California’s dead will have a new burial option: Human composting
California will begin allowing an alternative burial method known as human composting in 2027, under a bill signed by Gov. Gavin Newsom on Sunday.
Assembly Bill 351 by Assemblymember Cristina Garcia (D-Bell Gardens) will create a state regulatory process for natural organic reduction, a method in which human remains naturally decompose over a 30-to-45-day period after being placed in a steel vessel and buried in wood chips, alfalfa and other biodegradable materials. The nutrient-dense soil created by the process can then be returned to families or donated to conservation land.
Supporters say it’s an eco-friendly alternative to traditional end-of-life options. Cremation, for example, is an energy-intense process that produces carbon dioxide emissions, while traditional burial uses chemicals to embalm bodies and a nonbiodegradable coffin to store them.
California will join Washington, Colorado, Oregon and Vermont in allowing human composting.
“With climate change and sea-level rise as very real threats to our environment, this is an alternative method of final disposition that won’t contribute emissions into our atmosphere,” Garcia said in a statement.
It was Garcia’s third attempt to approve human composting in California after previous attempts failed in 2020 and 2021. Her office said for every person who is composted versus buried or cremated, the environmental impact is immediate. The companies that offer human composting say that for every person who chooses the option over burial or cremation, it will save the equivalent of 1 metric ton of carbon from entering the environment.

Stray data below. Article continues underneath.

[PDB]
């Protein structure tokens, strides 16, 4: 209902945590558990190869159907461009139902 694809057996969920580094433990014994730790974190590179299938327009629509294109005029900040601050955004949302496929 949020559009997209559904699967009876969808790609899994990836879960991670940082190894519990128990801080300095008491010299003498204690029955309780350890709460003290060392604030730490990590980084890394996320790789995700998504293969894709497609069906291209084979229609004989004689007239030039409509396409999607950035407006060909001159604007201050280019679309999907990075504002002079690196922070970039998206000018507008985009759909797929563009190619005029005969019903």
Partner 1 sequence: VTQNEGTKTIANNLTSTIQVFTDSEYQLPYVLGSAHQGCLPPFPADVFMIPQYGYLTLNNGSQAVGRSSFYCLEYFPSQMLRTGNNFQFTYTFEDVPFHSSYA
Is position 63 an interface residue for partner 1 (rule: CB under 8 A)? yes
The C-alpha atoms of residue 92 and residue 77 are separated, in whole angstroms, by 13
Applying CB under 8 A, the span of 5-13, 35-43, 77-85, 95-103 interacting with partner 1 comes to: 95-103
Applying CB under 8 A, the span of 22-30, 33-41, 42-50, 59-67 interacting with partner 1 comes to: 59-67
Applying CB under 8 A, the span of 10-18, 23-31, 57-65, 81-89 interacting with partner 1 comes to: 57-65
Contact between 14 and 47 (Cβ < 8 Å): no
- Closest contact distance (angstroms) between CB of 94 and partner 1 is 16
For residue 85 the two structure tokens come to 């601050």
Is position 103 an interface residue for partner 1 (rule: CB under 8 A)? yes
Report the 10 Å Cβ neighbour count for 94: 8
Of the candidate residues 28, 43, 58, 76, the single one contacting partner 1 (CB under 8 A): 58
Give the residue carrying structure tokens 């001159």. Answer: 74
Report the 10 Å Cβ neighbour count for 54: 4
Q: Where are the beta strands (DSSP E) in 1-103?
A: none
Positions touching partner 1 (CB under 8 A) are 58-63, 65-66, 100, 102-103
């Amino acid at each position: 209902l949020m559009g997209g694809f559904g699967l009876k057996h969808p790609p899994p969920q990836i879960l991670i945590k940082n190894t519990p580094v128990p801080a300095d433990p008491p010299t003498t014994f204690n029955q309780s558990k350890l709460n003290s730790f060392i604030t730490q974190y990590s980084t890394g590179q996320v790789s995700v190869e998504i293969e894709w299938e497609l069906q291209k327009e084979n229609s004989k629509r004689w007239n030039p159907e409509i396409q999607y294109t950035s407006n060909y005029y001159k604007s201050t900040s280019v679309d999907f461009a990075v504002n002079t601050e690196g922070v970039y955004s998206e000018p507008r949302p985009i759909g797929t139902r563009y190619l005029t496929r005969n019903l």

“This new law will provide California’s 39 million residents with a meaningful funeral option that offers significant savings in carbon emissions, water and land usage over conventional burial or cremation,” said Katrina Spade, chief executive of Recompose, a Seattle company that was the first funeral home to build a human composting facility in the country. “Our end-of-life choices matter in the effort to heal this planet.”
The California Catholic Conference opposed the bill, saying the process “reduces the human body to simply a disposable commodity.”
“The practice of respectfully burying the bodies or the honoring the ashes of the deceased comports with the virtually universal norm of reverence and care towards the deceased,” said the group, which is the public policy voice of the Catholic Church in California.
Newsom signed the bill without comment.
Human composting is slightly less expensive than a casket funeral, but at around $5,000 to $7,000, it is more costly than cremation. The soil created by the human composting process could be used on private land with permission and otherwise would be subject to the same restrictions as scattering cremated remains in the state.
“This is a question of consumer choice, and Californians should have access to a death care option that is natural, carbon neutral and a sustainable alternative to cremation or burial,” said Tom Harries, co-founder of Earth Funeral, which offers the burial option. “Earth Funeral looks forward to bringing soil transformation to California so that anyone can make this choice for themselves or to honor their loved ones.”
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